New York Diaries 1609 to 2009: I was once called something else

Before I was myself on the Internet or really knew that what I wanted to be doing was writing about and making pop-culture, I named myself after a character — a surly, teen hermaphrodite with green eyes in a world where green is the color of death — from Elizabeth Hand’s Aestival Tide, and spent a lot of time documenting my life on the Internet.

It was a pressure valve more than anything else when I chose that name in 1992, but it was also an early experiment for me with ideas about branding and fame and just not being able to shut the hell up. I didn’t know how to see myself or other people at that age without telling a story, and, in truth, in many ways, I still don’t. Eventually, though, I felt neither that young, nor that self-revelatory, starting going by my real initials online instead, and became both less and more my public self.

But I was still Reive, barely, on September 11, 2001. And I wrote about it, some of it, anyway, because that’s what there was to do. Every time we’d show up at the muster sites with supplies, they were the wrong ones. I remember, standing on a corner, carrying a couple of cases of bottled water and talking business with some dominatrixes while they walked their dogs. The Twin Towers were burning, but dogs still needed walking.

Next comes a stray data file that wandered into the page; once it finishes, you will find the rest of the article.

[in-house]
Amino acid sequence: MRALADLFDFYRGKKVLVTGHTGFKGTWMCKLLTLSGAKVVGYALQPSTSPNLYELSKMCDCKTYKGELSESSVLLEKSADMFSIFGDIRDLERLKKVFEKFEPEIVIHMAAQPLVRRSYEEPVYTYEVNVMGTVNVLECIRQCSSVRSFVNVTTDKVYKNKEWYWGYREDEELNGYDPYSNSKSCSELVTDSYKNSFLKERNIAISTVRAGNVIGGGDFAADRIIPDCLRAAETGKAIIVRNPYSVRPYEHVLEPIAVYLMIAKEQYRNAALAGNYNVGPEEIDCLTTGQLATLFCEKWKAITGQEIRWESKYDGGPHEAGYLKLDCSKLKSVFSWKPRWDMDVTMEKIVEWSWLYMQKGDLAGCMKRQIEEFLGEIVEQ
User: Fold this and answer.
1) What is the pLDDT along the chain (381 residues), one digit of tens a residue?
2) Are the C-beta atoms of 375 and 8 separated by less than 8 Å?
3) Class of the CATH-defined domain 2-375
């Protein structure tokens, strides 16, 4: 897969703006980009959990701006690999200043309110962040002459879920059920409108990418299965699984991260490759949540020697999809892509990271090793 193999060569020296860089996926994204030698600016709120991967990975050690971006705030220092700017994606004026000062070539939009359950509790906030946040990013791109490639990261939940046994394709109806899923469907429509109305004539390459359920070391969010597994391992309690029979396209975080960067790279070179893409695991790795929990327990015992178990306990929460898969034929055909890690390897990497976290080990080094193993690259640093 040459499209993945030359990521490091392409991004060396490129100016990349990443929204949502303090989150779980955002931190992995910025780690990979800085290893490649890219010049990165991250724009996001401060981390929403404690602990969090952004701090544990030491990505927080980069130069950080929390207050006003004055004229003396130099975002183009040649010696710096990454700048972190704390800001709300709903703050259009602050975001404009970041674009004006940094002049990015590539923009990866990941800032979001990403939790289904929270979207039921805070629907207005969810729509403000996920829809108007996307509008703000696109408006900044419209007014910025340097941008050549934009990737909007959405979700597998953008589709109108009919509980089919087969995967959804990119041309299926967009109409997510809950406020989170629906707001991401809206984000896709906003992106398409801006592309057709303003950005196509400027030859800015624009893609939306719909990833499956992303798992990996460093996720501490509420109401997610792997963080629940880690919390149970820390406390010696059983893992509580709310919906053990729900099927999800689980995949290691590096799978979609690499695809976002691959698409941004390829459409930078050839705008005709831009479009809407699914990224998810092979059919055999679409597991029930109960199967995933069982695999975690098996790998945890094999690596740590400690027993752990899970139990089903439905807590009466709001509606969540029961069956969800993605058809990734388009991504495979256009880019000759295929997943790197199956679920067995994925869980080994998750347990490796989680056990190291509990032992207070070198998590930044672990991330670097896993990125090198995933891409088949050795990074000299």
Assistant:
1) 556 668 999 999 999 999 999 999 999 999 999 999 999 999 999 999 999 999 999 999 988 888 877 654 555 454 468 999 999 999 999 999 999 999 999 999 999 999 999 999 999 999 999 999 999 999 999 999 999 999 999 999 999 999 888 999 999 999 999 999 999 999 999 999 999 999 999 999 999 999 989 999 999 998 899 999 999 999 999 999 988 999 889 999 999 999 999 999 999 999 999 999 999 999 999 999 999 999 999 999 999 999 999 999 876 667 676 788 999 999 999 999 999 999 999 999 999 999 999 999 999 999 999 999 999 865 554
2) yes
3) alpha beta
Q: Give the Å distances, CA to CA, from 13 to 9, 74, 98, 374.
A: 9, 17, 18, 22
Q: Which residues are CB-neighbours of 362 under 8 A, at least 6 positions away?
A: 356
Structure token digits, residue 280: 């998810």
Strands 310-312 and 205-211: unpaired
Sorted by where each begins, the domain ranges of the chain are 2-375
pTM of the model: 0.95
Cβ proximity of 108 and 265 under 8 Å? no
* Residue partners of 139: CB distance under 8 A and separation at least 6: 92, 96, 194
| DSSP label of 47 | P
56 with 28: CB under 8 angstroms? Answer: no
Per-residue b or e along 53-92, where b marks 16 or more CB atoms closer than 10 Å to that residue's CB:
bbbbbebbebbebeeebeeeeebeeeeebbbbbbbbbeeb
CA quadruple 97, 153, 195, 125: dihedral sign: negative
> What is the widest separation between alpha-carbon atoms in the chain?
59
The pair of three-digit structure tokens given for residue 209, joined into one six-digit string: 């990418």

A few years ago, I got a note from an online friend who also uses the name Reive as part of his online identity. An editor had contacted him, thinking he was me, to get permission to publish one of my old LiveJournal entries about that period. Eventually, the editor and I were put in touch, I signed something or other, and that was that.

Well, apparently, the book is out! I just received my copy of New York Diaries 1609 to 2009 edited by Teresa Carpenter for Modern Library, and I’m in it — absurdly, alongside people like Noel Coward and Keith Haring and Kurt Weil — with the last thing I’ll ever publish as a person I never was.

It wasn’t a good time in my life, that year. And I tend to think people mostly have unpleasant memories of who I was when I was Reive. I’m more than a little ashamed of her — of me — and of what you might think of me, or think you know about me, if you read the entry, so littered with nicknames for people, like Sir.

But it hardly matters, all the people you’ve been, when you live and write about a place like New York, full of terrible creatures and brilliant illusions. Apparently, some girl who wasn’t quite a girl and named herself Reive was once one of them. Mostly, I try to be okay with that.

6 thoughts on “New York Diaries 1609 to 2009: I was once called something else”

  1. It wasn’t a good time in my life, that year. And I tend to think people mostly have unpleasant memories of who I was when I was Reive. I’m more than a little ashamed of her — of me — and of what you might think of me, or think you know about me, if you read the entry, so littered with nicknames for people, like Sir.